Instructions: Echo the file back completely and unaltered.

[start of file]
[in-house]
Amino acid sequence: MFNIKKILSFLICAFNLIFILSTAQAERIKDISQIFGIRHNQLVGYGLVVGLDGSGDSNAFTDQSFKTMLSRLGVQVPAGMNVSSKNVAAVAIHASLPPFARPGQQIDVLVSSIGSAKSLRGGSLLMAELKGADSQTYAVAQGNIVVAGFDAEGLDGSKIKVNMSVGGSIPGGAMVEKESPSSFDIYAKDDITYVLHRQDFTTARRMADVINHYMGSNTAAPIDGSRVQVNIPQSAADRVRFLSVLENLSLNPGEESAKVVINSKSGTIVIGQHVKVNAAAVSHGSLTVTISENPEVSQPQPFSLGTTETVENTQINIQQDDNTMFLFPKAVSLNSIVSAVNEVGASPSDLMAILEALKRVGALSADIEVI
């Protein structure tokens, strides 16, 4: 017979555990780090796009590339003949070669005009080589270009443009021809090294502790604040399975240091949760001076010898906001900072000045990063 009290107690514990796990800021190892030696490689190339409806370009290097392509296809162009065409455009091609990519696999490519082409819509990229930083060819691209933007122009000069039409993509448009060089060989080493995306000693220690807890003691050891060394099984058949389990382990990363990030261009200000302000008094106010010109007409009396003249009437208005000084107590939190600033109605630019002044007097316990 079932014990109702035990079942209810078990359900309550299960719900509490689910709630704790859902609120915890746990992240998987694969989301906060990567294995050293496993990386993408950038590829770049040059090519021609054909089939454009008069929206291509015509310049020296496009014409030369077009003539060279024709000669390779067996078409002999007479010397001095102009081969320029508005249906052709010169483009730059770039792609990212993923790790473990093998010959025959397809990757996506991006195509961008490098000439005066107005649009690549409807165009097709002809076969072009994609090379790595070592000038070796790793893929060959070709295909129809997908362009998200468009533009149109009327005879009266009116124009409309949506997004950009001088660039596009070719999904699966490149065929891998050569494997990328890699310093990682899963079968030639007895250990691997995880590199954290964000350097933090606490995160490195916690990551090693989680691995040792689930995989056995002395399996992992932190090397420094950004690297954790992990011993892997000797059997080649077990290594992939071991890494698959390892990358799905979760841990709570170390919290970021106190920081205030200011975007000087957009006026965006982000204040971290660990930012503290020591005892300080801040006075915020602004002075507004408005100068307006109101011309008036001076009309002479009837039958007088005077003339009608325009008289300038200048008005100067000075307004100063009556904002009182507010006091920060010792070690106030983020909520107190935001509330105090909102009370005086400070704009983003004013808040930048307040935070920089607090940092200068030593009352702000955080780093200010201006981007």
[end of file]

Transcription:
[in-house]
Amino acid sequence: MFNIKKILSFLICAFNLIFILSTAQAERIKDISQIFGIRHNQLVGYGLVVGLDGSGDSNAFTDQSFKTMLSRLGVQVPAGMNVSSKNVAAVAIHASLPPFARPGQQIDVLVSSIGSAKSLRGGSLLMAELKGADSQTYAVAQGNIVVAGFDAEGLDGSKIKVNMSVGGSIPGGAMVEKESPSSFDIYAKDDITYVLHRQDFTTARRMADVINHYMGSNTAAPIDGSRVQVNIPQSAADRVRFLSVLENLSLNPGEESAKVVINSKSGTIVIGQHVKVNAAAVSHGSLTVTISENPEVSQPQPFSLGTTETVENTQINIQQDDNTMFLFPKAVSLNSIVSAVNEVGASPSDLMAILEALKRVGALSADIEVI
């Protein structure tokens, strides 16, 4: 017979555990780090796009590339003949070669005009080589270009443009021809090294502790604040399975240091949760001076010898906001900072000045990063 009290107690514990796990800021190892030696490689190339409806370009290097392509296809162009065409455009091609990519696999490519082409819509990229930083060819691209933007122009000069039409993509448009060089060989080493995306000693220690807890003691050891060394099984058949389990382990990363990030261009200000302000008094106010010109007409009396003249009437208005000084107590939190600033109605630019002044007097316990 079932014990109702035990079942209810078990359900309550299960719900509490689910709630704790859902609120915890746990992240998987694969989301906060990567294995050293496993990386993408950038590829770049040059090519021609054909089939454009008069929206291509015509310049020296496009014409030369077009003539060279024709000669390779067996078409002999007479010397001095102009081969320029508005249906052709010169483009730059770039792609990212993923790790473990093998010959025959397809990757996506991006195509961008490098000439005066107005649009690549409807165009097709002809076969072009994609090379790595070592000038070796790793893929060959070709295909129809997908362009998200468009533009149109009327005879009266009116124009409309949506997004950009001088660039596009070719999904699966490149065929891998050569494997990328890699310093990682899963079968030639007895250990691997995880590199954290964000350097933090606490995160490195916690990551090693989680691995040792689930995989056995002395399996992992932190090397420094950004690297954790992990011993892997000797059997080649077990290594992939071991890494698959390892990358799905979760841990709570170390919290970021106190920081205030200011975007000087957009006026965006982000204040971290660990930012503290020591005892300080801040006075915020602004002075507004408005100068307006109101011309008036001076009309002479009837039958007088005077003339009608325009008289300038200048008005100067000075307004100063009556904002009182507010006091920060010792070690106030983020909520107190935001509330105090909102009370005086400070704009983003004013808040930048307040935070920089607090940092200068030593009352702000955080780093200010201006981007």